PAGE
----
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Friday, April 15, 2011

The Friday Five, April 15, 2011

Really! It's Tennessee Williams!

The Play's the Thing?
Theatre and cinema - not always a match made in Heaven
by Gaëtan L. Charlebois

This week we're going to have a bit of fun.
We all like theatre. Most of us like film. But do the two work together? How about when it's made for TV?

Sometimes yes, sometimes no. Sometimes you see a movie—like Boys in The Band, say—and think, "This must have been a play because it pretty much still is." Other times you see movies that have little or nothing to do with their theatrical source material (was Othello more interesting when it became O...or worse?). And then there is the Goldilocks moment: source and medium are juuuuuuuust right.

Here are three (highly personal) lists of five. They go all over the place because, as usual, we want you to discuss.

Five worst adaptations of plays
Equus (Richard Burton is his nasal-voiced dramatic, the film is a mess)
Chorus Line (If you like the show, you will hate the film)
Phantom of the Opera (The show, at least, was theatrical - the movie: ick)
Boom! (High camp with Liz and Dick based on Williams' Milktrain...)
The Wiz (Diana Ross and Michael Jackson easing painfully down the road)

Lemmon, Matthau - magic. My Dad made me nearly as embarrassed,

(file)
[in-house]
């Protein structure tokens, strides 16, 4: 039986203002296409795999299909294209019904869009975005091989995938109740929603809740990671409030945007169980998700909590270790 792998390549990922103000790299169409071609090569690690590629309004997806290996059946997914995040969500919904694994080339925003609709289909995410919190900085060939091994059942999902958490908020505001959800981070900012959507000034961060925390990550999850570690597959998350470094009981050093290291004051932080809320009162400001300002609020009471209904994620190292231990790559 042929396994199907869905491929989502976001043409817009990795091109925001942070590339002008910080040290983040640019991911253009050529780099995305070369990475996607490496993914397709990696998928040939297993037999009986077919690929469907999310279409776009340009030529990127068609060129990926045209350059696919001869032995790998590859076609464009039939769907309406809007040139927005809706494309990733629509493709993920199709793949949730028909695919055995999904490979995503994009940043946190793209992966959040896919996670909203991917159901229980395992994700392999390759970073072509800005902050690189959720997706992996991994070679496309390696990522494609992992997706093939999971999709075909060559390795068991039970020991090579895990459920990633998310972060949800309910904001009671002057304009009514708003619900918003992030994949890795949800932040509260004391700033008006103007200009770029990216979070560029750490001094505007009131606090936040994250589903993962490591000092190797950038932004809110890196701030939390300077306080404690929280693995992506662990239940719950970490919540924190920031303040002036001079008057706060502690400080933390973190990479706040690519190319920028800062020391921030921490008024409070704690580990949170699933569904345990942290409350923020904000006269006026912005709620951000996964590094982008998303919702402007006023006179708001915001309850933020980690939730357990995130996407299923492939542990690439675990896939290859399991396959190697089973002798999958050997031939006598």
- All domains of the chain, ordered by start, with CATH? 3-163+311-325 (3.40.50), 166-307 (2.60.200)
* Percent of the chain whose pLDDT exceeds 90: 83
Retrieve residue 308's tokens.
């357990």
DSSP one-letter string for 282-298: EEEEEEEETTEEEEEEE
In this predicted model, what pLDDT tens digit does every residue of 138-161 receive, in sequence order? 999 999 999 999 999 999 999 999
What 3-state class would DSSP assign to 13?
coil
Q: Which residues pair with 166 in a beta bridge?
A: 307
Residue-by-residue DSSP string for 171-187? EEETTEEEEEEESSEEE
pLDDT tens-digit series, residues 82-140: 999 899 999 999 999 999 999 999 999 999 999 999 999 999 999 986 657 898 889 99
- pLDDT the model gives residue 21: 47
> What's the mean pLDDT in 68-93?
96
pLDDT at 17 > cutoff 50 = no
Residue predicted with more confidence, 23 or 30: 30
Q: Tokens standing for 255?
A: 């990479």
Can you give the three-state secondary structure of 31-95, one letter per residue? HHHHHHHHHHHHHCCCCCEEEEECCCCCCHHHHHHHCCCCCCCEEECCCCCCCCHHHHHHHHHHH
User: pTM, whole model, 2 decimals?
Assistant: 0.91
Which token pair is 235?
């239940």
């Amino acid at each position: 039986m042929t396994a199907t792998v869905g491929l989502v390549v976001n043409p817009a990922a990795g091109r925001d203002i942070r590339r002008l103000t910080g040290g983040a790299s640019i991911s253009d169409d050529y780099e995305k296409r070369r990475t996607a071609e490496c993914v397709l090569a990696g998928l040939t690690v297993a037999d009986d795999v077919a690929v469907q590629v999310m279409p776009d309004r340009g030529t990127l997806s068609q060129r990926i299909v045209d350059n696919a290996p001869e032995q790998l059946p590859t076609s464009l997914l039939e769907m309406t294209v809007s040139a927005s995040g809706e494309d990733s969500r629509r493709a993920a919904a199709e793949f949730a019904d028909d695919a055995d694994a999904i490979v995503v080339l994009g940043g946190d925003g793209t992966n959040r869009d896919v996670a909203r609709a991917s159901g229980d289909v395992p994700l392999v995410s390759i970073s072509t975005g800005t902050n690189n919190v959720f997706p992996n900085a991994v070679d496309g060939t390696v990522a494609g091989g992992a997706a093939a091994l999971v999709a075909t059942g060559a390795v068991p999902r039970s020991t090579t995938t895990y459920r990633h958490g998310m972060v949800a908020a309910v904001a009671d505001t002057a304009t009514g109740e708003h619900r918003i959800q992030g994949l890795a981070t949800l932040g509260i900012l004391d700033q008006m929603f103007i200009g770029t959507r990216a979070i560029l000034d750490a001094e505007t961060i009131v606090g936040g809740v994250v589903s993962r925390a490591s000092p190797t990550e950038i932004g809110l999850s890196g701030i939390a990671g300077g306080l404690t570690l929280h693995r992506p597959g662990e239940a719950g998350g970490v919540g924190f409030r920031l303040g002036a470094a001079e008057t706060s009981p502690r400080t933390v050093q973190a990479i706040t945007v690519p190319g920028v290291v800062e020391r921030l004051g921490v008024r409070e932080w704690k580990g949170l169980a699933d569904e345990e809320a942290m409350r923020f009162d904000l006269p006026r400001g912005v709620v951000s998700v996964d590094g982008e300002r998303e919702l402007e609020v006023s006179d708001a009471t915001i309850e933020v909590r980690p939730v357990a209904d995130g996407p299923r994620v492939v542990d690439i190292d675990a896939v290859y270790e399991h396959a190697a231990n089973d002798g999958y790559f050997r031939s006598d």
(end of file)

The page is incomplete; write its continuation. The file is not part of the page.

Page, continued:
at the cinema when we saw this, with his shrieking laughter

Five adaptations better than the plays
Cabaret (The only film on this list where the director - Bob Fosse - elevated the source. The other four here, it's all about the actors)

Doubt (Streep chews scenery)
Wit (Right into Emma Thompson's face, makes the story more intimate)
Odd Couple
(Lemmon and Matthau - brill!)
Sunshine Boys (Matthau and Burns - rise from the wreckage of a play)

Five Adaptions just right
Streetcar Named Desire (Not as dirty as the source, but Brando makes it sexy)
Angels in America (Perfect)
Arsenic and Old Lace (No one does double-takes like Carey Grant)
Who's Afraid of Virginia Woolf (Liz and Dick - sometimes a little too real)
Tea and Sympathy
(Deborah Kerr makes the sissy a man and whispers into your head)


  1. Adding to your "just right" list, I love the film version of "Glengarry Glen Ross" and Lawrence Olivier's "Hamlet."

  2. Oh yes on GGR! I'd have to see Hamlet again. Did not like Branaugh's - pretty and empty.

  3. Driving Miss Daisy was pretty darn good as a film, also

  4. better as a film but pretty stagebound. thank god for Freeman/Tandy.

  5. Your dead on re: Cary Grant double takes. Wonderful mix of zany and debonair!

  6. I'd add "Chicago", "West Side Story", "Fiddler on the Roof" as "acceptable" movie adaptations - and the film adaptations of "Nine" and "Godspell" under the "Burn Every Copy In Existence" list.

    And the film version of "Noises Off" is pretty good too!

  7. Chicago, not so much, but West Side Story opened my eyes to the possibilities of music/dance in film. Noises off, I saw hechtman's production and laughed my head off, the movie not so much.

    SLEUTH! Olivie/Caine...great fun!

  8. Just wanted to add "Rabbit Hole," by David Lindsay-Abaire. It was the recipient of the 2007 Pulitzer Prize for Drama.

    Well worth watching as a film.


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